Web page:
When a stranger calls: The hidden generation of digital customers
There’s a new generation of customers. Customers who are more informed, more experienced and more digital. And they’re not answering your calls anymore.
If your organisation is still one of the few who only communicate with customers via a call centre, you are alienating a large portion of potential clients. The State of Global Customer Service Report by Microsoft showcased the rising expectations of digitally empowered customers. According to the report, 74% of customers aged between 18-34 have a more favourable view of brands that respond to customer service questions or complaints on social media, and 79% of customers in that age group prefer brands that offer a mobile-responsive customer service support portal. A surprising and sobering statistic for many large, traditional businesses.
But it’s not only technologically savvy Millennials who prefer engaging over digital mediums. 66% of global respondents of all ages stated that they prefer omni-channel services and actively use at least 3 channels to engage with businesses – a blind spot that is often overlooked by brands.
Despite these statistics, organisations have always been led to believe that customers prefer a more personal approach – hence the investment in call centres and phone calls. But not all transactions need to be personal. Let’s take the customer journey of buying a car as an example. Digital customers do all their research online and are often more informed than the sales representatives or call centre agents who contact them. When buying a car, they have done all the research and have essentially already made up their minds by the time they send through an enquiry. The only thing that the agent can really do at that point is talk the potential customer out of a sale.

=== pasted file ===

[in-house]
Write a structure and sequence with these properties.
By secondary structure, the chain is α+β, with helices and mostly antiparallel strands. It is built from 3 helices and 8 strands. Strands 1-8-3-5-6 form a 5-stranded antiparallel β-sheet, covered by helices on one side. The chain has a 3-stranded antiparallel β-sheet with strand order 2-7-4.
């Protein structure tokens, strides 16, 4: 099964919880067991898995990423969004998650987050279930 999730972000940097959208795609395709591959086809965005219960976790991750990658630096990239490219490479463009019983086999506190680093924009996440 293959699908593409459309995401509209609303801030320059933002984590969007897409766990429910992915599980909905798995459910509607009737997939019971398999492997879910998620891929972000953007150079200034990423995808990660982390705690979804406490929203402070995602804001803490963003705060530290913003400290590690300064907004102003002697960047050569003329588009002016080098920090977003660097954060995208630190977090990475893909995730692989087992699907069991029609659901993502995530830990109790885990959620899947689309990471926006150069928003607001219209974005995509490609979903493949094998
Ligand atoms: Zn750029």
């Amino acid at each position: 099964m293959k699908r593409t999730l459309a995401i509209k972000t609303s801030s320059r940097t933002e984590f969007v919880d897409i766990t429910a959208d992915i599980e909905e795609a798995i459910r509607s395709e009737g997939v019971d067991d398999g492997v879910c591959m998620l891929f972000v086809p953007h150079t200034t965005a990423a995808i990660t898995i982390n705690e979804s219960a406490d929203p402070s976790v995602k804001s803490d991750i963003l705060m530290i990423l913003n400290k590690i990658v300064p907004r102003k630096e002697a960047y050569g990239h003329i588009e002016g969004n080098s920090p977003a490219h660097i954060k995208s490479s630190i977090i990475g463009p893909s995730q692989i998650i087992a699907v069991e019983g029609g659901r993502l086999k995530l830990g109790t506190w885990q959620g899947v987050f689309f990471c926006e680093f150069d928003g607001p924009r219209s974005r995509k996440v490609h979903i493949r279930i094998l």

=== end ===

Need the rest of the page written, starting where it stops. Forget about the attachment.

Chances are, when a customer sends through a product enquiry, they have sent that same request to your competitors, and receiving call-backs on every enquiry instead of an online response on the digital medium they used is disruptive. Then there’s also the added frustrations of trying to spell out their name and address to the agent over the phone, dealing with agents who aren’t informed enough to deal with their questions, and having to repeat information over and over again while being transferred from agent to agent.
Where to from here?
It’s clear that customers are becoming more digital by the year and it’s often difficult to keep up with constantly-evolving trends. The world’s largest messenger apps – WhatsApp, WeChat and Facebook Messenger – had a combined user base of over 4 billion at the end of 2019. The value in engaging, serving and selling to customers on these platforms is monumental.
Organisations who don’t have effective omni-channel strategies in place; inclusive of email comms, live chat functionality, instant messaging and call centres, are the ones stuck with a blind spot of customers they’ll never reach. These customers won’t complain about the lack of communication channels, but would rather move on to the next best service provider. Avoid these blind spots by asking your customers how they prefer to be contacted and taking active steps to offer more digital ways to engage with your products.
The truth is, a big portion of customers do still prefer the personal connection that phone calls offer and they should not be ignored. But in a digital world, alienating an entire generation of digital-only customers is dangerous when your competitors are always at their fingertips.